Press Release: Screening and Testing COVID-19 Crisis
For Immediate Release
March 23, 2020
Vice President of Communications and Public Policy
Colorado Coalition for the Homeless
Colorado Coalition for the Homeless Focuses Health Care Screening and Testing for People Experiencing Homelessness Due To COVID-19 Crisis
Denver, CO—Colorado Coalition for the Homeless (CCH), through its Stout Street Health Center (SSHC), has expanded and focused it integrated health services to meet the needs of people experiencing homelessness in Metro Denver—a population which is extremely vulnerable during the COVID-19 pandemic. The challenges that unhoused people undergo are only exacerbated by the current pandemic—little access to hand washing and sanitation, and the inability to practice social distancing in crowded shelters and encampments. With few places to isolate or quarantine if symptoms arise or tests are required, and with the closure of public buildings and restaurants in Denver, there are limited safe places for warmth, rest, and recharge during the rapidly changing spring weather.
Stout Street Health Center, Colorado’s only dedicated health care for the homeless program, is open for regular hours and is operating a COVID-19 Triage Program for people experiencing homelessness (for established and non-established patients) to screen individuals who have symptoms consistent with the COVID-19 virus. These include fever, coughing, shortness of breath, potential exposure to others who have tested positive for the virus, and those with chronic conditions that make them more susceptible to the virus. The triage team is testing patients who meet Colorado Department of Public Health and Environment’s (CDPHE) protocol: over 64 years of age, and those with any of the following chronic medical conditions: diabetes, chronic heart disease, chronic lung disease, and those taking immunosuppressive medications.
In the last week, SSHC has triaged 139 people experiencing homelessness and tested 39 individuals. Of the 19 tests for which results are known, fortunately none have tested positive. We are awaiting results for an additional 20 individuals.
For those patients who meet current CDPHE testing protocol and are tested, CCH is arranging to provide private motel rooms to isolate these individuals from others in crowded emergency shelters of in street encampments. For those who test positive, additional quarantine rooms will be provided.
In addition, SSHC continues to provide integrated health care for patients with scheduled appointments, and those with chronic medical and non-urgent needs. Emergency dental care continues to be provided at the dental clinic, but routine dental care has been suspended during the pandemic.
Due to the significant lack of alternative shelter space, isolation options, and insufficient medical respite or recuperative care for people experiencing homelessness, the Coalition is negotiating with hotel or motel operators to master lease rooms to be used for isolation, quarantine, and medical respite care. We encourage hotel or motel operators to contact us if they have rooms they can make available for this purpose.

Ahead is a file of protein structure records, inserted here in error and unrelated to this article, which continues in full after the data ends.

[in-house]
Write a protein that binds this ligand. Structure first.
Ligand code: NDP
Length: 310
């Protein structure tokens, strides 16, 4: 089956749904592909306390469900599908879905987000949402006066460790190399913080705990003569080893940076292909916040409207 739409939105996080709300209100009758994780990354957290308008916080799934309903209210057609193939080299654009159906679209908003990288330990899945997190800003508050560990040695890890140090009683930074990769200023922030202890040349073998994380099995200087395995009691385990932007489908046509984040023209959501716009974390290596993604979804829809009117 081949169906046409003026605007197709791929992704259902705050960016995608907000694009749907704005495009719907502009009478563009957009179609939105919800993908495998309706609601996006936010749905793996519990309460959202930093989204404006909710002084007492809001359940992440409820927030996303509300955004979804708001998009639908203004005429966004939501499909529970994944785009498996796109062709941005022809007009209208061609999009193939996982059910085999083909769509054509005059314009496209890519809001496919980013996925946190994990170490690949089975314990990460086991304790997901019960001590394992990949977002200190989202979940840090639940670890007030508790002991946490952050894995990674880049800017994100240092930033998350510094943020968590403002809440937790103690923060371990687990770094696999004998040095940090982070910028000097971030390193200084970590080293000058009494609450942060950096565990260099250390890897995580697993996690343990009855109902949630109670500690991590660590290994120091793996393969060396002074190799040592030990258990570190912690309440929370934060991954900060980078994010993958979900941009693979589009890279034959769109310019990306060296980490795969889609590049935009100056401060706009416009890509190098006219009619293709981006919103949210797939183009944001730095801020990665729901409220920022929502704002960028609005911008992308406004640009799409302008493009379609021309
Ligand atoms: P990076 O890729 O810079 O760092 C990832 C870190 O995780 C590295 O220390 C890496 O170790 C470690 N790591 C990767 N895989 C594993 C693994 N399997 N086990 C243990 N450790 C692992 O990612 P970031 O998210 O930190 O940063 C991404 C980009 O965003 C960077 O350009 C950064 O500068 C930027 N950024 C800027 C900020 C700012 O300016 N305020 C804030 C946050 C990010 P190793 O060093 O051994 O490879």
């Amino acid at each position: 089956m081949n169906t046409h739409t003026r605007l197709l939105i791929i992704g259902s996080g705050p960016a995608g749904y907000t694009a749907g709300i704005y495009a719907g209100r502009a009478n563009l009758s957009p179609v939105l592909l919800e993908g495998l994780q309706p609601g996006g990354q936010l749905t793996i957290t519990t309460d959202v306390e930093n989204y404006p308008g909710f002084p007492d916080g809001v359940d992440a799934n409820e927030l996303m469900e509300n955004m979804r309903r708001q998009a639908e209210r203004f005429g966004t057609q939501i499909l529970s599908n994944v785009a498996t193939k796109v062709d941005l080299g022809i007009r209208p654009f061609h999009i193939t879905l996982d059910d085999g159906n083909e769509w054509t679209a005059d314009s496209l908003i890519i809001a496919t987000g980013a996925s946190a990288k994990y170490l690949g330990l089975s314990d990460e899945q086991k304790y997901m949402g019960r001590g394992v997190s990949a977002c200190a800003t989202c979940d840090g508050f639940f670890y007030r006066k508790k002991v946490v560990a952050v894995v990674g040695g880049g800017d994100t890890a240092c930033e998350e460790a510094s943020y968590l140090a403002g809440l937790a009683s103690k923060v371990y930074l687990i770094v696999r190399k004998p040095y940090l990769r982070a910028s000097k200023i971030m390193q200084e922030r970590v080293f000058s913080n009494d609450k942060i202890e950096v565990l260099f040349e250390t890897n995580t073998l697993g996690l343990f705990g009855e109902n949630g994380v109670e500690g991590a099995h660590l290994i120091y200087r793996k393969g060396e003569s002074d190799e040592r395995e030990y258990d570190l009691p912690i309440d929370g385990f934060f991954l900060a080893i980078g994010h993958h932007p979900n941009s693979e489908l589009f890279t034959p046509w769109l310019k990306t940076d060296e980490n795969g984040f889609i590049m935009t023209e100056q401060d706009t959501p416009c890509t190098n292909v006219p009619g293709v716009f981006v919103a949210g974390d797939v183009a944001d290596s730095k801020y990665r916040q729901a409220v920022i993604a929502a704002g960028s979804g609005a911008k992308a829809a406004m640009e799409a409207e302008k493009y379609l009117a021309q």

The Coalition recently purchased the 139 room Quality Inn and Suites on N. Quebec Street in Denver for conversion to apartments for long-term housing for homeless individuals. However, these apartments are now occupied or in the process of being leased up to eligible individuals.
Other Coalition healthcare services from Health Outreach Program (The HOP), West End Health Center, and the health clinic at St. Francis Shelter have been temporarily suspended to shift resources to Stout Street Health Center to focus on this emergency. Our clinical teams, in conjunction with the state, are currently assessing whether we can activate and implement more telehealth services to help contain and prevent the spread of COVID-19 in the community and to minimize exposure to staff.
We are, however, experiencing a shortage of Personal Protective Equipment (PPE) for our health care staff. We are asking for donations of PPE and sanitizing supplies to help us meet our mission.
The Coalition is adding health care staff to keep pace with the growing number of people turning to us for care. We are using limited funds to help pay for motel nights as emergency housing for those awaiting results of COVID-19 testing. We are going through supplies like masks, gloves, soap, and other sanitation supplies faster than our budget in order to keep facilities clean, patients and staff safe. These steps are expected to cost an extra $1.3 million over the next four months.
Colorado Coalition for the Homeless is also in the process of developing a centralized Supply Center for clients and patients to serve them during the outbreak. Through the centralization, the Supply Center will allow us to prioritize our greatest needs and gaps in the availability of products for people most in need. To date, the Denver community has donated $12,717 in in-kind donations to help support our efforts.
About the Colorado Coalition for the Homeless
The mission of the Colorado Coalition for the Homeless is to work collaboratively toward the prevention of homelessness and the creation of lasting solutions for people experiencing and at-risk of homelessness homeless throughout Colorado. The Coalition advocates for and provides a continuum of housing and a variety of services to improve the health, well-being and stability of those it serves. Since its founding more than 30 years ago, the organization has earned state and national recognition for its integrated healthcare, housing, and service programs. The Coalition’s comprehensive approach addresses the causes of homelessness, as well as the consequences, offering critical assistance to over 20,000 individuals and families each year. Learn more at www.coloradocoalition.org.